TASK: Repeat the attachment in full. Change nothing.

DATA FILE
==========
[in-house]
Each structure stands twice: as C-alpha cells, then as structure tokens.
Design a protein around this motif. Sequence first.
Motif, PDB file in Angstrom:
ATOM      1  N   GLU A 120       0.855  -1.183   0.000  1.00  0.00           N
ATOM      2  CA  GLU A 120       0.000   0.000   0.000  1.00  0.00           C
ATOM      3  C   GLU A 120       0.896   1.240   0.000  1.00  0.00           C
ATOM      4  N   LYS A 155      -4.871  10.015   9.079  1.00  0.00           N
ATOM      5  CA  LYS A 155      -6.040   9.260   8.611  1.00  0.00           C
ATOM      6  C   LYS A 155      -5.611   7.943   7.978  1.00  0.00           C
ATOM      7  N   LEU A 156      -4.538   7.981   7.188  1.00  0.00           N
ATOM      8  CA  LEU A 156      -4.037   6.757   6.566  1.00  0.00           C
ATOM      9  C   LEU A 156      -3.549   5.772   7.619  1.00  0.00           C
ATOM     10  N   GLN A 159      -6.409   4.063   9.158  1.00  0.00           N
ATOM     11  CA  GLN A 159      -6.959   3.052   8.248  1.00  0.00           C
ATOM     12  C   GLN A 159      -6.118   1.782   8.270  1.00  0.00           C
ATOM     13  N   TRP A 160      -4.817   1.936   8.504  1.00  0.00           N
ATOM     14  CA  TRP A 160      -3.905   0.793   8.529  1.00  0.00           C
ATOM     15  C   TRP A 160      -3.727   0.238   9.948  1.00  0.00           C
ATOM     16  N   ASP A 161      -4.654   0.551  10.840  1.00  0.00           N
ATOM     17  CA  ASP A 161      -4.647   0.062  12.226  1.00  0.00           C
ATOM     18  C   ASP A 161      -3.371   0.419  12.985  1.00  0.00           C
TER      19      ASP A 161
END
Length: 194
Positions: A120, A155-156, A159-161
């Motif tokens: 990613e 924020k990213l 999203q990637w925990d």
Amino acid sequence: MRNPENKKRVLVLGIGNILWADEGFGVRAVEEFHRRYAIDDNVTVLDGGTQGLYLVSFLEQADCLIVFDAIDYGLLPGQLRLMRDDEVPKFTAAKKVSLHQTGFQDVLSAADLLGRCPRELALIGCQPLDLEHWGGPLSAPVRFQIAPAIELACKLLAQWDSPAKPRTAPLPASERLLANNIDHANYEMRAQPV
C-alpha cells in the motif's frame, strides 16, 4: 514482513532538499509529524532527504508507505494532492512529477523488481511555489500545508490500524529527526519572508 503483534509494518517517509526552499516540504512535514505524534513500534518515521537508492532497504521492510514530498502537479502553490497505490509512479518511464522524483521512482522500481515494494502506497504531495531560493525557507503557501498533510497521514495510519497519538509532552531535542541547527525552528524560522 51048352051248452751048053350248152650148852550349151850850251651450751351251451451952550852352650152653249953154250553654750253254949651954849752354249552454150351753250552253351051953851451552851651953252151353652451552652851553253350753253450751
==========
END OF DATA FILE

[in-house]
Each structure stands twice: as C-alpha cells, then as structure tokens.
Design a protein around this motif. Sequence first.
Motif, PDB file in Angstrom:
ATOM      1  N   GLU A 120       0.855  -1.183   0.000  1.00  0.00           N
ATOM      2  CA  GLU A 120       0.000   0.000   0.000  1.00  0.00           C
ATOM      3  C   GLU A 120       0.896   1.240   0.000  1.00  0.00           C
ATOM      4  N   LYS A 155      -4.871  10.015   9.079  1.00  0.00           N
ATOM      5  CA  LYS A 155      -6.040   9.260   8.611  1.00  0.00           C
ATOM      6  C   LYS A 155      -5.611   7.943   7.978  1.00  0.00           C
ATOM      7  N   LEU A 156      -4.538   7.981   7.188  1.00  0.00           N
ATOM      8  CA  LEU A 156      -4.037   6.757   6.566  1.00  0.00           C
ATOM      9  C   LEU A 156      -3.549   5.772   7.619  1.00  0.00           C
ATOM     10  N   GLN A 159      -6.409   4.063   9.158  1.00  0.00           N
ATOM     11  CA  GLN A 159      -6.959   3.052   8.248  1.00  0.00           C
ATOM     12  C   GLN A 159      -6.118   1.782   8.270  1.00  0.00           C
ATOM     13  N   TRP A 160      -4.817   1.936   8.504  1.00  0.00           N
ATOM     14  CA  TRP A 160      -3.905   0.793   8.529  1.00  0.00           C
ATOM     15  C   TRP A 160      -3.727   0.238   9.948  1.00  0.00           C
ATOM     16  N   ASP A 161      -4.654   0.551  10.840  1.00  0.00           N
ATOM     17  CA  ASP A 161      -4.647   0.062  12.226  1.00  0.00           C
ATOM     18  C   ASP A 161      -3.371   0.419  12.985  1.00  0.00           C
TER      19      ASP A 161
END
Length: 194
Positions: A120, A155-156, A159-161
């Motif tokens: 990613e 924020k990213l 999203q990637w925990d």
Amino acid sequence: MRNPENKKRVLVLGIGNILWADEGFGVRAVEEFHRRYAIDDNVTVLDGGTQGLYLVSFLEQADCLIVFDAIDYGLLPGQLRLMRDDEVPKFTAAKKVSLHQTGFQDVLSAADLLGRCPRELALIGCQPLDLEHWGGPLSAPVRFQIAPAIELACKLLAQWDSPAKPRTAPLPASERLLANNIDHANYEMRAQPV
C-alpha cells in the motif's frame, strides 16, 4: 514482513532538499509529524532527504508507505494532492512529477523488481511555489500545508490500524529527526519572508 503483534509494518517517509526552499516540504512535514505524534513500534518515521537508492532497504521492510514530498502537479502553490497505490509512479518511464522524483521512482522500481515494494502506497504531495531560493525557507503557501498533510497521514495510519497519538509532552531535542541547527525552528524560522 51048352051248452751048053350248152650148852550349151850850251651450751351251451451952550852352650152653249953154250553654750253254949651954849752354249552454150351753250552253351051953851451552851651953252151353652451552652851553253350753253450751